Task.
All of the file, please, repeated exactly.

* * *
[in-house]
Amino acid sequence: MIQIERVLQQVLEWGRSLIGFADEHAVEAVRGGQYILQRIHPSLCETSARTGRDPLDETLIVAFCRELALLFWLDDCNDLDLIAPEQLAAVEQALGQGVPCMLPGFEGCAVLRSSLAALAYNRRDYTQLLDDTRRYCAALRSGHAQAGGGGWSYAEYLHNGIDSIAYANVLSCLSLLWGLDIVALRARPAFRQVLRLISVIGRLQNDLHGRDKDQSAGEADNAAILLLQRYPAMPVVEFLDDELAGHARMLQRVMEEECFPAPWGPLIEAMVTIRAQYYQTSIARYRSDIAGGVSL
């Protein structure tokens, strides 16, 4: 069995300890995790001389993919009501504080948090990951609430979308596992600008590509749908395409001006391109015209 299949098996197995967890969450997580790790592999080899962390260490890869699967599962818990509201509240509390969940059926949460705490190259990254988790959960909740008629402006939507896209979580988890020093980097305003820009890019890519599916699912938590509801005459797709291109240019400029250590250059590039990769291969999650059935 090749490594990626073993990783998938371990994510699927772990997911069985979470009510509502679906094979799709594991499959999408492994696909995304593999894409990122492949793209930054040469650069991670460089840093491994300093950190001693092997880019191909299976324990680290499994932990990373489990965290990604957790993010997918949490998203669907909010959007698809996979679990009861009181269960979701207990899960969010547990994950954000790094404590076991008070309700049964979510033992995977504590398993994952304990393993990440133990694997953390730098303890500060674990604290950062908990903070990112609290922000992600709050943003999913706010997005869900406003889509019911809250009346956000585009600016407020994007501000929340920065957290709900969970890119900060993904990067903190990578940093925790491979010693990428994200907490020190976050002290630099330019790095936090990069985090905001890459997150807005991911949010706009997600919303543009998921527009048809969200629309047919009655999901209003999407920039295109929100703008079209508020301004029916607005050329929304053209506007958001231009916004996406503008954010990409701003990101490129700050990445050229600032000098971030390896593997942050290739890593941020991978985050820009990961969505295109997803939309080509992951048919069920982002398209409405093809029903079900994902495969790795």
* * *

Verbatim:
[in-house]
Amino acid sequence: MIQIERVLQQVLEWGRSLIGFADEHAVEAVRGGQYILQRIHPSLCETSARTGRDPLDETLIVAFCRELALLFWLDDCNDLDLIAPEQLAAVEQALGQGVPCMLPGFEGCAVLRSSLAALAYNRRDYTQLLDDTRRYCAALRSGHAQAGGGGWSYAEYLHNGIDSIAYANVLSCLSLLWGLDIVALRARPAFRQVLRLISVIGRLQNDLHGRDKDQSAGEADNAAILLLQRYPAMPVVEFLDDELAGHARMLQRVMEEECFPAPWGPLIEAMVTIRAQYYQTSIARYRSDIAGGVSL
């Protein structure tokens, strides 16, 4: 069995300890995790001389993919009501504080948090990951609430979308596992600008590509749908395409001006391109015209 299949098996197995967890969450997580790790592999080899962390260490890869699967599962818990509201509240509390969940059926949460705490190259990254988790959960909740008629402006939507896209979580988890020093980097305003820009890019890519599916699912938590509801005459797709291109240019400029250590250059590039990769291969999650059935 090749490594990626073993990783998938371990994510699927772990997911069985979470009510509502679906094979799709594991499959999408492994696909995304593999894409990122492949793209930054040469650069991670460089840093491994300093950190001693092997880019191909299976324990680290499994932990990373489990965290990604957790993010997918949490998203669907909010959007698809996979679990009861009181269960979701207990899960969010547990994950954000790094404590076991008070309700049964979510033992995977504590398993994952304990393993990440133990694997953390730098303890500060674990604290950062908990903070990112609290922000992600709050943003999913706010997005869900406003889509019911809250009346956000585009600016407020994007501000929340920065957290709900969970890119900060993904990067903190990578940093925790491979010693990428994200907490020190976050002290630099330019790095936090990069985090905001890459997150807005991911949010706009997600919303543009998921527009048809969200629309047919009655999901209003999407920039295109929100703008079209508020301004029916607005050329929304053209506007958001231009916004996406503008954010990409701003990101490129700050990445050229600032000098971030390896593997942050290739890593941020991978985050820009990961969505295109997803939309080509992951048919069920982002398209409405093809029903079900994902495969790795």